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W5HN North Texas Microwave Society NTMS WWW.NTMS.ORG 1 W5HN North Texas Microwave Society NTMS Intro to Microwave Propagation for data Joe Jurecka – N5PYK North Texas Microwave Society

### Transcript of W5HN North Texas Microwave Society NTMS 1 W5HN North Texas Microwave Society NTMS Intro to...

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Intro to Microwave Propagation for data

Joe Jurecka – N5PYK

North Texas Microwave Society

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Categories of microwave paths

• Those who love propagation anomalies (Weak signal enthusiast)

• Those who don’t(data link operators)

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Power Levels

For simplicity, links use dB and dBm to model performance

A relative change is measured in dBdB=10 LOG (Relative intensity)

Specific levels measured in dBm(dB referenced to a milliwatt)

With 802.11

-90 dBm weak-50dBm strong

0dBm=1 mW10dBm=10mW

20dBm=100mW30dBm=1W40dBm=10W

etc

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Free Space Path Loss

Loss (dB)=36.6+20LOG(FreqMhz)+20LOG(Dist Miles)

Great for calculating if there is nothing in the way (including air) but a worthwhile place to start.

20 miles at 2.4GHz = 130dB

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Propagation Anomalies

Normal Propagation

Anomalous Propagation

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Atmospheric Multipath

If the combination of all incoming signals are in phase,enhancement occurs..if out of phase (e.g. near –180 degrees),attenuation occurs.

The shorter the wavelength, the more pronounced this may become

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Ducting

Subrefractive

Super refractive

Propagation Anomalies

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What causes the LOS multipath?

• Temperature, moisture and pressure

Weather service soundings indicate the “current” state of what’s going on above

Temperature

Dewpoint

Pressure Height

Lines of equal Temp.

30º 40º20º10º0º-10º-20º-30º

The culprit

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K Factor = Curvature of the Earth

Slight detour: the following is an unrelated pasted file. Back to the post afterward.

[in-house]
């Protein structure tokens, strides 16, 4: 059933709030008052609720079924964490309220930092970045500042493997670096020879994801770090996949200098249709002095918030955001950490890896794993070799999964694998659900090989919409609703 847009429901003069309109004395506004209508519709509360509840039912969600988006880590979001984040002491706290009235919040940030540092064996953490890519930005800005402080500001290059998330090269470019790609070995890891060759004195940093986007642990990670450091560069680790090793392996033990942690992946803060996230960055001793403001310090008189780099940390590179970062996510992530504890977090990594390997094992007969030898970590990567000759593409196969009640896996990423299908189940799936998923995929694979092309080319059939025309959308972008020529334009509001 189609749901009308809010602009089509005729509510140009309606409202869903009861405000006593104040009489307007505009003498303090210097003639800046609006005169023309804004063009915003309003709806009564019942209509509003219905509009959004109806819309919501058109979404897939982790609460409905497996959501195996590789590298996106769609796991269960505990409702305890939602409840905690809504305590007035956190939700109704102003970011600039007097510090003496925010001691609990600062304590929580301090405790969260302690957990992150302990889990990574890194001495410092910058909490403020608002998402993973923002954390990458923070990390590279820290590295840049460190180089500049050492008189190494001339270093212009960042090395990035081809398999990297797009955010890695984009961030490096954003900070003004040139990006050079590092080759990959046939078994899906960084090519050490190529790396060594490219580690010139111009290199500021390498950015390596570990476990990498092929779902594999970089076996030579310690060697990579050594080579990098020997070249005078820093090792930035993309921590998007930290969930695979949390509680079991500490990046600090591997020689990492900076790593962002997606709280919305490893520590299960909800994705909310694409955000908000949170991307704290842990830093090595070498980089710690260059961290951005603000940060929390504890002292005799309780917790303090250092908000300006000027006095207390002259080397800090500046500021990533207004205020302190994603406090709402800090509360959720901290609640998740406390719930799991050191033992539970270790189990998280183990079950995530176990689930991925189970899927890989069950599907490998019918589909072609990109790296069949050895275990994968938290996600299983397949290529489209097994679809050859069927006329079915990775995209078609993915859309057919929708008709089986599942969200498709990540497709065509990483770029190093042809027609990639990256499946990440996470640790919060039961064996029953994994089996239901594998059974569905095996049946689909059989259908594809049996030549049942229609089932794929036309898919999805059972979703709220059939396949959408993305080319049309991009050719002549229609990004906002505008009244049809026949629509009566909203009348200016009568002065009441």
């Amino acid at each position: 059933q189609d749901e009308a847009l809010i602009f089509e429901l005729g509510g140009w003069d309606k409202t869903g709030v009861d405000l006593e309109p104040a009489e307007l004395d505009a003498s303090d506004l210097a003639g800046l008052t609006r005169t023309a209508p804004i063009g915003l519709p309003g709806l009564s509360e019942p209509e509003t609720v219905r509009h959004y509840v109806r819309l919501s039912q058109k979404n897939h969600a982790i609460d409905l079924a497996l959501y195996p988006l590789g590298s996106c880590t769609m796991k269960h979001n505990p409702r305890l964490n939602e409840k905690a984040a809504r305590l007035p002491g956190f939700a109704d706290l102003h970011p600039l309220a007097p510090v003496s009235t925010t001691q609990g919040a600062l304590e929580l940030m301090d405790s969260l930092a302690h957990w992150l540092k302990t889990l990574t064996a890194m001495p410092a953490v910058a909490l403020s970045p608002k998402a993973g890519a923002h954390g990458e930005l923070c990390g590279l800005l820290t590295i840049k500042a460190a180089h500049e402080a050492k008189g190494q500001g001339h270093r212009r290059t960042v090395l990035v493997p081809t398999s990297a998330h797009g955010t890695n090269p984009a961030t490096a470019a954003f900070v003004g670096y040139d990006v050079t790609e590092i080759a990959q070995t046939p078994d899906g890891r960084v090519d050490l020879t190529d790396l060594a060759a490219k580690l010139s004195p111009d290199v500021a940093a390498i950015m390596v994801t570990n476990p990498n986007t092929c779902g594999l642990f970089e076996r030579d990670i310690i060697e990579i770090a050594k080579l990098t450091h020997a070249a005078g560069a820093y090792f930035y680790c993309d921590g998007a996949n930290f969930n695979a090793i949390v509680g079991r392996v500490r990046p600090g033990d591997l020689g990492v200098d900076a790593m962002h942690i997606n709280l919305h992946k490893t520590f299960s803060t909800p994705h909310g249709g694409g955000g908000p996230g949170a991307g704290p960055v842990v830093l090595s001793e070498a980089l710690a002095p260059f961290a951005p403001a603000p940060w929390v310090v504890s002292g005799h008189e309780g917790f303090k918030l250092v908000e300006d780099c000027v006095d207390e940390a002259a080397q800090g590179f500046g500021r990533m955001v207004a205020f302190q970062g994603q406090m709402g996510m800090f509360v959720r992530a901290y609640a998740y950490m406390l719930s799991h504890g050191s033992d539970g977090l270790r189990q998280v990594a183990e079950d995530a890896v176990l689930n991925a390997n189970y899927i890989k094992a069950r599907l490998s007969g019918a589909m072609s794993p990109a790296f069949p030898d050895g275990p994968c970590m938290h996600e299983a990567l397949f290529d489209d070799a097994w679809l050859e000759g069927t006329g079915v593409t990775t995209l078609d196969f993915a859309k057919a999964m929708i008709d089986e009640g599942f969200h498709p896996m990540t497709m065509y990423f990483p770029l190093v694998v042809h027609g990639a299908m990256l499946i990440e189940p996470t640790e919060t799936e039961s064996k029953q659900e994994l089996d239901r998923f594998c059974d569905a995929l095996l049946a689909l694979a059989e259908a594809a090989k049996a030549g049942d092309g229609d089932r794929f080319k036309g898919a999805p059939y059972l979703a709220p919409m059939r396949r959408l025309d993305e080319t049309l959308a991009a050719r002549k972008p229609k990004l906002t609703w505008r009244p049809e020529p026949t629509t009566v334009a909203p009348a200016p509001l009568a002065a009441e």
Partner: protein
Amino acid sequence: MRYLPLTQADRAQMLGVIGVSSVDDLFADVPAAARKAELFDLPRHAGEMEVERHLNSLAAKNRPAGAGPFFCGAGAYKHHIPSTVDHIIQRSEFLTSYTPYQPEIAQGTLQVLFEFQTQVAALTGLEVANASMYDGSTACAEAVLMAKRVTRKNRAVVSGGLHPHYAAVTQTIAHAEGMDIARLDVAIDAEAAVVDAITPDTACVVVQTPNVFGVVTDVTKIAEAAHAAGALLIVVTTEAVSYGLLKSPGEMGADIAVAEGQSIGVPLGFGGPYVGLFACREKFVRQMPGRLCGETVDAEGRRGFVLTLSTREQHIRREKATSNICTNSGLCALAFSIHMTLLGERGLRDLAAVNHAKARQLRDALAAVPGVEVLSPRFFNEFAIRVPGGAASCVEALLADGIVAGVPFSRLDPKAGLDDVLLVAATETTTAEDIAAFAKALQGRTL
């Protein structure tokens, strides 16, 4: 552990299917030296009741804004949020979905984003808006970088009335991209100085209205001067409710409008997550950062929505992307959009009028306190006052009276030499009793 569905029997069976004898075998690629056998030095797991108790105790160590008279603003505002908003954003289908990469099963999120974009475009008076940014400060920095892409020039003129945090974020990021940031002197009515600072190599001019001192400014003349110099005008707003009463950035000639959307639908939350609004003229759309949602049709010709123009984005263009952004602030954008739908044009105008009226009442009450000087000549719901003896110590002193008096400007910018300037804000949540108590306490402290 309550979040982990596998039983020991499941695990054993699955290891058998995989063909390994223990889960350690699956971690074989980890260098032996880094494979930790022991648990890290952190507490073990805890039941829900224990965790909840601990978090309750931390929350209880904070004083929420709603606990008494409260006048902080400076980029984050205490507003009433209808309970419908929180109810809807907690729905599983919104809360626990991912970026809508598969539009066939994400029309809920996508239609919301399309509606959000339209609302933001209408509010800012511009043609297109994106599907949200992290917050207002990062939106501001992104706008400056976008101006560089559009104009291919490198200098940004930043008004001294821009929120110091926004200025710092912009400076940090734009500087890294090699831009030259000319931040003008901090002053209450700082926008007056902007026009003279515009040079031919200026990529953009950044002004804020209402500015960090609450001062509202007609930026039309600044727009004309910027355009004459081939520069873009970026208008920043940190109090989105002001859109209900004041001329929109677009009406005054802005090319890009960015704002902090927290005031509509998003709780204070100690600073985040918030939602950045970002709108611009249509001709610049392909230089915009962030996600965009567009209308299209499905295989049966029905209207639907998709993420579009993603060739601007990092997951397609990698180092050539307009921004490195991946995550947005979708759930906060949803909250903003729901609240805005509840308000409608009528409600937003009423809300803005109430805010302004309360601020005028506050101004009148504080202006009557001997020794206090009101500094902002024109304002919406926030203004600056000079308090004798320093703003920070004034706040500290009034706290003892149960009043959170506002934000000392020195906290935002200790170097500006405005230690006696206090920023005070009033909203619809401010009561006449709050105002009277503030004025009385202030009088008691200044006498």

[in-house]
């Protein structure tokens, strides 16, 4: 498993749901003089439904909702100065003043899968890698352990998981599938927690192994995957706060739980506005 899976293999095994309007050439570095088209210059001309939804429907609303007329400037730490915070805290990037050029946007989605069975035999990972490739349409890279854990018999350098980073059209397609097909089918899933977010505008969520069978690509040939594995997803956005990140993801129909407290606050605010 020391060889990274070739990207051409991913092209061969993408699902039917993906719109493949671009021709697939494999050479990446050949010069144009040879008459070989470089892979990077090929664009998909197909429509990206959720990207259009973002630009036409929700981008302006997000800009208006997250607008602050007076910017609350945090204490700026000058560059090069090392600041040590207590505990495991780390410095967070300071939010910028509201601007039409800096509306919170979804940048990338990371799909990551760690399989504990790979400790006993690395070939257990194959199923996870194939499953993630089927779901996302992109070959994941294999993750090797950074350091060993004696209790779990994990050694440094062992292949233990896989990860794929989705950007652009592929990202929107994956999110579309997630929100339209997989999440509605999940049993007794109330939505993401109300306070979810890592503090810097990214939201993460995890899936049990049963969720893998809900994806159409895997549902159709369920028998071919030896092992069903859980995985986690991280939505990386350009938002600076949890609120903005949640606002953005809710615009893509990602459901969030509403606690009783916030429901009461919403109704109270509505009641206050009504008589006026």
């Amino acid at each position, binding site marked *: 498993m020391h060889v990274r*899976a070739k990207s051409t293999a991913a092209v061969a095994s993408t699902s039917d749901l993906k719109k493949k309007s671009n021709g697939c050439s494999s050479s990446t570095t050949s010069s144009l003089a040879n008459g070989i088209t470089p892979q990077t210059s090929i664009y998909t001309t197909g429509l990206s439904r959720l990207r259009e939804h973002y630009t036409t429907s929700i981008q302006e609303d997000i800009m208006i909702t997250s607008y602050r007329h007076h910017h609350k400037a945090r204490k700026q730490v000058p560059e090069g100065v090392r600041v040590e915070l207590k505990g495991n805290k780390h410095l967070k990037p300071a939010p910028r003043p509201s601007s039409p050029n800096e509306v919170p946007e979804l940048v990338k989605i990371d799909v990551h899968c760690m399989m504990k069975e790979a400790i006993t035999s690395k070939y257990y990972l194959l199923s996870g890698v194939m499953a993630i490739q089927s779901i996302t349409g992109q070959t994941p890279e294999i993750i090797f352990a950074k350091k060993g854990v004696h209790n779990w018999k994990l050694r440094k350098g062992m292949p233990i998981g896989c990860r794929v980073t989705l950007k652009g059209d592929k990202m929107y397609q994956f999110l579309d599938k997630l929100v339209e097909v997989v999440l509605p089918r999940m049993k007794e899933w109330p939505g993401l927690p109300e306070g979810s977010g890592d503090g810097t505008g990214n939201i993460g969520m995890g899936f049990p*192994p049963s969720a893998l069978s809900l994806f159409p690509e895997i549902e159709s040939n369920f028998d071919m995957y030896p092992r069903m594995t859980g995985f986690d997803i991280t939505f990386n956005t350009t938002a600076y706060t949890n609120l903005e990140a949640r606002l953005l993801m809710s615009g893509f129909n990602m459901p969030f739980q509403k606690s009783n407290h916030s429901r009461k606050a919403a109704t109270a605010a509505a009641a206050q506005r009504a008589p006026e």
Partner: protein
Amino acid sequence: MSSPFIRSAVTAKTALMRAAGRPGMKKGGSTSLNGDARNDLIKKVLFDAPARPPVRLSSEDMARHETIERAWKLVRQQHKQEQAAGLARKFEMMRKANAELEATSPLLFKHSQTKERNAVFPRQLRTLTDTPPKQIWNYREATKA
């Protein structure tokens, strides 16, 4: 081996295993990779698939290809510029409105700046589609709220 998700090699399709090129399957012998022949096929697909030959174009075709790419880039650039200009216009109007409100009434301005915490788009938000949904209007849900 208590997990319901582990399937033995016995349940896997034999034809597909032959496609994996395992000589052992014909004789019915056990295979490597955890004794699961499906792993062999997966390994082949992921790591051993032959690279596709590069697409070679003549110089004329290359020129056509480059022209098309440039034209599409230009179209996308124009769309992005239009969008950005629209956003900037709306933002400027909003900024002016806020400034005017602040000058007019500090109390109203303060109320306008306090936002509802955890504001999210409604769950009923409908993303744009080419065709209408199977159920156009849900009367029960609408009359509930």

Normal Propagation

Fresnel Zone

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Fresnel Zone

Fresnel Zone Clearance

Reflection causing multipath

Ground Reflections / Refractions / Multi-Path

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Path Clearance

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• Caused by diffraction by objects in path• Even zones attenuate, odd enhance• Fresnel zone radius calculation

• Conventional practice is to ensure about a 0.6 Fresnel zone clearance along path which provides best compromise to avoid deep nulls. Don’t put antenna up too high!

Fresnel Zones

)(1.72

21

21)(

ddF

ddR

GHzfeet

d1=distance to transmitter in milesd2=distance to receiver in milesFGHz=Frequency in Gigahertz

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Fresnel Clearance

Blue Vertical line indicates 0.6 Fresnel zone clearance at highest obstacle.Trees or buildings not modeled in this path, but must be included.

1.0, 1.5, and 1.75 Fresnel zones depicted on Radiomobile tool. No surface features are automatically assumed in Radiomobile, but they can be modeled. See the Yahoo Group entitled Radio_Mobile_Deluxe and check out file profile.zip

Antennas can be too high for reliable microwave paths

Fresnel clearancedist to xmit 2.50 milesdist to rx 4.70 milesFreq 2.43 GHz

Fresnel Radius 59.09 feet0.6 Clearance 35.45 feet

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Other considerations